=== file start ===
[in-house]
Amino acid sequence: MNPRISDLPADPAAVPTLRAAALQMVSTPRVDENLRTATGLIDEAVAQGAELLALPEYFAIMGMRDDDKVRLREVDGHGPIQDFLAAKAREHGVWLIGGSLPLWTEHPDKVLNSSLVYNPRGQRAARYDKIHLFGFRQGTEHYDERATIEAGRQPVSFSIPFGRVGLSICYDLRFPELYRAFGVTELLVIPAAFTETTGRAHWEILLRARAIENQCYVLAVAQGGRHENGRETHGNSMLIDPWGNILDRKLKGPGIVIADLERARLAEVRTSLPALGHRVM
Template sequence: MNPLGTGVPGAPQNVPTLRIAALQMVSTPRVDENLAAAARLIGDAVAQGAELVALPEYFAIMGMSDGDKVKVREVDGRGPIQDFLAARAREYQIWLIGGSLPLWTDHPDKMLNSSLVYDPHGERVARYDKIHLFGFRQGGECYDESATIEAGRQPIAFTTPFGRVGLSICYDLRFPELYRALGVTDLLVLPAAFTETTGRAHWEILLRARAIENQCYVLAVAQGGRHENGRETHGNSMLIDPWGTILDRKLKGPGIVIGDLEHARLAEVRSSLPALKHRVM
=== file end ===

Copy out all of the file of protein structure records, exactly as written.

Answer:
[in-house]
Amino acid sequence: MNPRISDLPADPAAVPTLRAAALQMVSTPRVDENLRTATGLIDEAVAQGAELLALPEYFAIMGMRDDDKVRLREVDGHGPIQDFLAAKAREHGVWLIGGSLPLWTEHPDKVLNSSLVYNPRGQRAARYDKIHLFGFRQGTEHYDERATIEAGRQPVSFSIPFGRVGLSICYDLRFPELYRAFGVTELLVIPAAFTETTGRAHWEILLRARAIENQCYVLAVAQGGRHENGRETHGNSMLIDPWGNILDRKLKGPGIVIADLERARLAEVRTSLPALGHRVM
Template sequence: MNPLGTGVPGAPQNVPTLRIAALQMVSTPRVDENLAAAARLIGDAVAQGAELVALPEYFAIMGMSDGDKVKVREVDGRGPIQDFLAARAREYQIWLIGGSLPLWTDHPDKMLNSSLVYDPHGERVARYDKIHLFGFRQGGECYDESATIEAGRQPIAFTTPFGRVGLSICYDLRFPELYRALGVTDLLVLPAAFTETTGRAHWEILLRARAIENQCYVLAVAQGGRHENGRETHGNSMLIDPWGTILDRKLKGPGIVIGDLEHARLAEVRSSLPALKHRVM